‘The voices said her baby was evil and so she left him behind’

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Tung Wah Centenary Square Garden in Wan Chai (Source: Google Maps)

THE voices said her baby was evil and so she left him beside a trash bin and walked away, barefoot and sobbing, in Wan Chai.

A 38-year-old Filipino woman suffering from schizophrenia was convicted at the Eastern Magistrates Courts of ill-treating her baby.

Magistrate Cheng Lim-chi found Angelita S.L., an asylum applicant, guilty of “ill-treatment or neglect by those in charge of a child or a young person” on August 30.

The judge based his ruling on the testimony of a psychiatrist from Queen Mary Hospital who testified that, while the Filipino woman was mentally ill, she was “aware” of what was happening during the incident and could have chosen not to leave her child behind. It was the second time that the defendant left her baby.

“I accept that the defendant was suffering from mental illness, namely schizophrenia and psychotic illness. I accept she thought the baby was the devil,” Judge Cheng said in his ruling.

“However, at the material time, she could choose either to leave the baby or not,” he said.

“She knew what she was doing or, in other words, she was conscious at the time. She chose to leave the baby unattended or leave baby beside rubbish bin,” he added.

The incident happened at around 6:20 pm on Oct. 19, 2017 when a South Asian woman noticed the baby crying at 284 Queen’s Road East, Wan Chai. The defendant was standing behind the baby, also crying.

“She did not wear any shoes and was crying. Honestly, I felt she was suicidal. I called a suicide hotline before calling the police,” the South Asian woman testified in court.

“(Angelita) was sobbing. Her eyes were really red and her cheeks were all wet,” she added.

The witness said she asked Angelita if she was okay and the Filipino woman, after a pause of 10 to 20 seconds, replied “in a very soft tone that she was fine. “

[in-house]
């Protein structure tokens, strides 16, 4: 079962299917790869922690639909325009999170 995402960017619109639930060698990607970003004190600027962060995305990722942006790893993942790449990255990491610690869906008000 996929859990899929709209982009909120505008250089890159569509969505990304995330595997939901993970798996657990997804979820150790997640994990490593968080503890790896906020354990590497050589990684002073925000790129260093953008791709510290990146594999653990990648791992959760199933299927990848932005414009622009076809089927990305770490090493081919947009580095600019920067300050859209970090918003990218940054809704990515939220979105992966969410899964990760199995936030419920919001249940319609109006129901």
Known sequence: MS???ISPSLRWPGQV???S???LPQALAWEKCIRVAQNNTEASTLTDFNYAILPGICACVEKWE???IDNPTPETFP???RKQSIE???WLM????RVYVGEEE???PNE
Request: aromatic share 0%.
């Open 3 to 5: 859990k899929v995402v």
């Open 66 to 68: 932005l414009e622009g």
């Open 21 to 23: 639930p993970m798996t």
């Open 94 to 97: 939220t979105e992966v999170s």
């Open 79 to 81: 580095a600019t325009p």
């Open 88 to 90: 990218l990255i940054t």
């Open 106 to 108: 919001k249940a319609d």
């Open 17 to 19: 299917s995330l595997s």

She said Angelita then picked up the baby and walked away. Concerned, the witness and her friend followed the defendant.

At the nearby Tung Wah Centenary Square Garden, Angelita put down her baby beside a trash bin and walked away.

“I saw some people try to stop her, by calling her and tapping her shoulder, but she just kept walking away. She did not stop,” the South Asian woman said.

She called the police, who found the defendant an hour later and still crying.

Doctor Michael Wong, a psychiatrist at Queen Mary’s who examined Angelita, said she was “hearing voices and seeing ghosts, visions.”

He confirmed that during the time of the incident, the defendant was suffering from “psychotic symptoms.”

“But she knew what she was doing…she was in control. She could choose to do it or not to do it,” the doctor said.

He explained that Angelita did not suffer from “delusional control” or the feeling that somebody else was controlling her actions.

“And she was not able to explain why she walked away (and left the baby behind),” Doctor Wong said.

When asked how Angelita could have known what was happening if she had severe symptoms of schizophrenia, the psychiatrist said: “Many of my patients have psychotic symptoms but they still go to work every day.”

Given the doctor’s testimony, Judge Cheng ruled that Angelita was not insane at the time of the incident.

“She knew what she was doing…the only inference is she deliberately did so, knowing it would cause injury,” the magistrate said.

“In other words, she willfully ill-treated the baby,” he added.

Judge Cheng set Angelita’s called for two psychiatric reports to determine how best to deal with her mental condition.

The prosecution said she had one previous conviction in Hong Kong but it was “unrelated” to the present case.

Angelita’s lawyer said she was married with two grown-up children in the Philippines. The baby was born out of wedlock but Angelita’s family back home is prepared to adopt him as one of their own, the lawyer added.

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